This Monday, May 18th is the anniversary of President Johnson's announcement in the White House Rose Garden of the creation of Project Head Start.It was created as one of the programs in that era’s war on poverty and started as an 8-week summer program for children whom would be entering school in the fall. Many of these first program children had never been in a classroom setting before, did not have access to books, and had never experienced the structure of a classroom, so before Head Start they would often be far behind their more affluent peers and would struggle academically. That first year, they served more than 560,000 children. The success of that first summer lead to the program becoming a year-round early childhood education program.
This is part of the speech given May 18th, 1965: "We set out to make certain that poverty's children would not be forevermore poverty's captives. We called our program Project Head Start.
The program was conceived not so much as a Federal effort but really as a neighborhood effort, and the response we have received from the neighborhoods and the communities has been most stirring and the most enthusiastic of any peacetime program that I can remember.
Today we are able to announce that we will have open, and we believe operating this summer, coast-to-coast, some 2,000 child development centers serving as many as possibly a half million children.
This means that nearly half the preschool children of poverty will get a head start on their future. These children will receive preschool training to prepare them for regular school in September. They will get medical and dental attention that they badly need, and parents will receive counseling on improving the home environment.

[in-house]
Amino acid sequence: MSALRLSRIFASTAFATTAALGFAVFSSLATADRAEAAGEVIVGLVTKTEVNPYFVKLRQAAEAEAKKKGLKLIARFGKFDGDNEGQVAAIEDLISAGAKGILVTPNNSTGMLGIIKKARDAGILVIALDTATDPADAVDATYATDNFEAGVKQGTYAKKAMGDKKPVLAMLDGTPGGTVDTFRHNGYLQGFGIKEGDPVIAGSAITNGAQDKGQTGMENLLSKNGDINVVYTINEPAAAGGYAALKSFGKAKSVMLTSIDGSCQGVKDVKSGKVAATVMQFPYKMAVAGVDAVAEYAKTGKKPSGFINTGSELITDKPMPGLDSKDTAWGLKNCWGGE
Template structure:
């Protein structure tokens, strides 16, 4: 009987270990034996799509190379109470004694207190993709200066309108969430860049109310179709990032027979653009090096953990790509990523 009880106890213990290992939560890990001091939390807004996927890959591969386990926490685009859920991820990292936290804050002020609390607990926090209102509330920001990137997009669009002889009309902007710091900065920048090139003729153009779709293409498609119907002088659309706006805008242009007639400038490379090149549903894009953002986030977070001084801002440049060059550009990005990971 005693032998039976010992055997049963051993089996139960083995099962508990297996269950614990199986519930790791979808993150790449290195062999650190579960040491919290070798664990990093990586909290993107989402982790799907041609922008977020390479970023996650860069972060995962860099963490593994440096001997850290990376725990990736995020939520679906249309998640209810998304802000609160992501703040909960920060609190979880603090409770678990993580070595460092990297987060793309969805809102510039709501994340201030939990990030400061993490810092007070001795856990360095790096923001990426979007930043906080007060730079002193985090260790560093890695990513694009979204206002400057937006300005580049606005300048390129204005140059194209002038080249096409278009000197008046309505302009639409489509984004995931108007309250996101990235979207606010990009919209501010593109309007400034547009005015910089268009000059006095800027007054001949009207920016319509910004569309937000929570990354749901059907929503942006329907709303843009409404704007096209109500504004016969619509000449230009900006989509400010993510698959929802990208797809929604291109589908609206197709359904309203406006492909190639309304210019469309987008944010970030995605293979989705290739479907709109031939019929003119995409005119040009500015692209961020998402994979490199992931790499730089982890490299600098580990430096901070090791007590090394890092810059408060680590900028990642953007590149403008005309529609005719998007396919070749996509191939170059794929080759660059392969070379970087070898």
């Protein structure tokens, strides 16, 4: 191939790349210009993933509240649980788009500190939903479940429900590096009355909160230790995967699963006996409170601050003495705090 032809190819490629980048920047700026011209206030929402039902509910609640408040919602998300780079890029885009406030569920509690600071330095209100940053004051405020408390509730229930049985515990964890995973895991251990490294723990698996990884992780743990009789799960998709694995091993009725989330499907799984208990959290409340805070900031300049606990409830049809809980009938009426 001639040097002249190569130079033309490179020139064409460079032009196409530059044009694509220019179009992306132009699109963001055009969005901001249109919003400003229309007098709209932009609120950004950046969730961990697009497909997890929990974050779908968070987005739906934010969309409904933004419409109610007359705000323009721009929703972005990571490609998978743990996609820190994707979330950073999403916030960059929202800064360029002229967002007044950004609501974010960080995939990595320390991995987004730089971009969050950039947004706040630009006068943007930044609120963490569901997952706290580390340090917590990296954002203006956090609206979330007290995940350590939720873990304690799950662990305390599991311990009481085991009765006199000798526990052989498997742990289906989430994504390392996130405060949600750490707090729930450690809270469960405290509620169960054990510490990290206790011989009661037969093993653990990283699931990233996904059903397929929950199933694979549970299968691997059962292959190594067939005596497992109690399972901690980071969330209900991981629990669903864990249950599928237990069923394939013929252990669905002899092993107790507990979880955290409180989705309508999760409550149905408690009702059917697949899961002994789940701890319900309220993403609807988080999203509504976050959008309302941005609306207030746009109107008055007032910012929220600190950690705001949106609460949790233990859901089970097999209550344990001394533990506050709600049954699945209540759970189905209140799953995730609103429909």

This is a most remarkable accomplishment and it has been done in a very short time. It would not be possible except for the willing and the enthusiastic cooperation of Americans throughout the country.
I believe this response reflects a realistic and a wholesome awakening in America. It shows that we are recognizing that poverty perpetuates itself.
Five and six year old children are inheritors of poverty's curse and not its creators. Unless we act these children will pass it on to the next generation, like a family birthmark."
If you'd like to celebrate with us, we are hosting Rose Garden Celebrations at each of our centers on Monday at 12:20. We will plant rose bushes to commemorate our first 50 years and head into the next 50!